• 284.
    Figueiredo, Margarida L. A.
    et al.
    Umeå University, Faculty of Science and Technology, Department of Molecular Biology (Faculty of Science and Technology).
    Kim, Maria
    Umeå University, Faculty of Science and Technology, Department of Molecular Biology (Faculty of Science and Technology).
    Philip, Philge
    Umeå University, Faculty of Science and Technology, Department of Molecular Biology (Faculty of Science and Technology). Computational Life Science Cluster (CLiC), Umeå University, SE-90187 Umeå, Sweden.
    Allgardsson, Anders
    Umeå University, Faculty of Science and Technology, Department of Molecular Biology (Faculty of Science and Technology). Division of CBRN Defence and Security, FOI, Swedish Defence Research Agency, Sweden.
    Stenberg, Per
    Umeå University, Faculty of Science and Technology, Department of Molecular Biology (Faculty of Science and Technology). Computational Life Science Cluster (CLiC), Umeå UniversityUmeå, Sweden; Division of CBRN Defence and Security, FOI, Swedish Defence Research Agency, Sweden.
    Larsson, Jan
    Umeå University, Faculty of Science and Technology, Department of Molecular Biology (Faculty of Science and Technology).
    Non-coding roX RNAs prevent the binding of the MSL-complex to heterochromatic regions2014In: PLoS Genetics, ISSN 1553-7390, E-ISSN 1553-7404, Vol. 10, no 12, p. e1004865-Article in journal (Refereed)
    Abstract [en]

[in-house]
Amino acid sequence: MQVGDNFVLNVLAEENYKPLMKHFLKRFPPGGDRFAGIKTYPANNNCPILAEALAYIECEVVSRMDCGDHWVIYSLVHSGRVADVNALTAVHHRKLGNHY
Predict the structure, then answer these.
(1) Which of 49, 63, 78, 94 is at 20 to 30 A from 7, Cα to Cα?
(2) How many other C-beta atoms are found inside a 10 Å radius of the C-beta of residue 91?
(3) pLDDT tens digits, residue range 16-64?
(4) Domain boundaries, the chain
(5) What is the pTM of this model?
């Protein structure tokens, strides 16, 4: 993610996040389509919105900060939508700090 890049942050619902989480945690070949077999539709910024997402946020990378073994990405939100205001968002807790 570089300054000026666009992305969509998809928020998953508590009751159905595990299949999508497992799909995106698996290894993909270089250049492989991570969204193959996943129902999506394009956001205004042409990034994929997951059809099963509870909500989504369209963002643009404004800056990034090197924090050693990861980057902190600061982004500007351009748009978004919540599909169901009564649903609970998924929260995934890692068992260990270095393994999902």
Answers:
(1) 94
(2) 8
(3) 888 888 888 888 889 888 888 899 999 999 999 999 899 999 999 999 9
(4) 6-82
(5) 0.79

Long non-coding RNAs contribute to dosage compensation in both mammals and Drosophila by inducing changes in the chromatin structure of the X-chromosome. In Drosophila melanogaster, roX1 and roX2 are long non-coding RNAs that together with proteins form the male-specific lethal (MSL) complex, which coats the entire male X-chromosome and mediates dosage compensation by increasing its transcriptional output. Studies on polytene chromosomes have demonstrated that when both roX1 and roX2 are absent, the MSL-complex becomes less abundant on the male X-chromosome and is relocated to the chromocenter and the 4thchromosome. Here we address the role of roX RNAs in MSL-complex targeting and the evolution of dosage compensation in Drosophila. We performed ChIP-seq experiments which showed that MSL-complex recruitment to high affinity sites (HAS) on the X-chromosome is independent of roX and that the HAS sequence motif is conserved in D. simulans. Additionally, a complete and enzymatically active MSL-complex is recruited to six specific genes on the 4thchromosome. Interestingly, our sequence analysis showed that in the absence of roX RNAs, the MSL-complex has an affinity for regions enriched in Hoppel transposable elements and repeats in general. We hypothesize that roX mutants reveal the ancient targeting of the MSL-complex and propose that the role of roX RNAs is to prevent the binding of the MSL-complex to heterochromatin.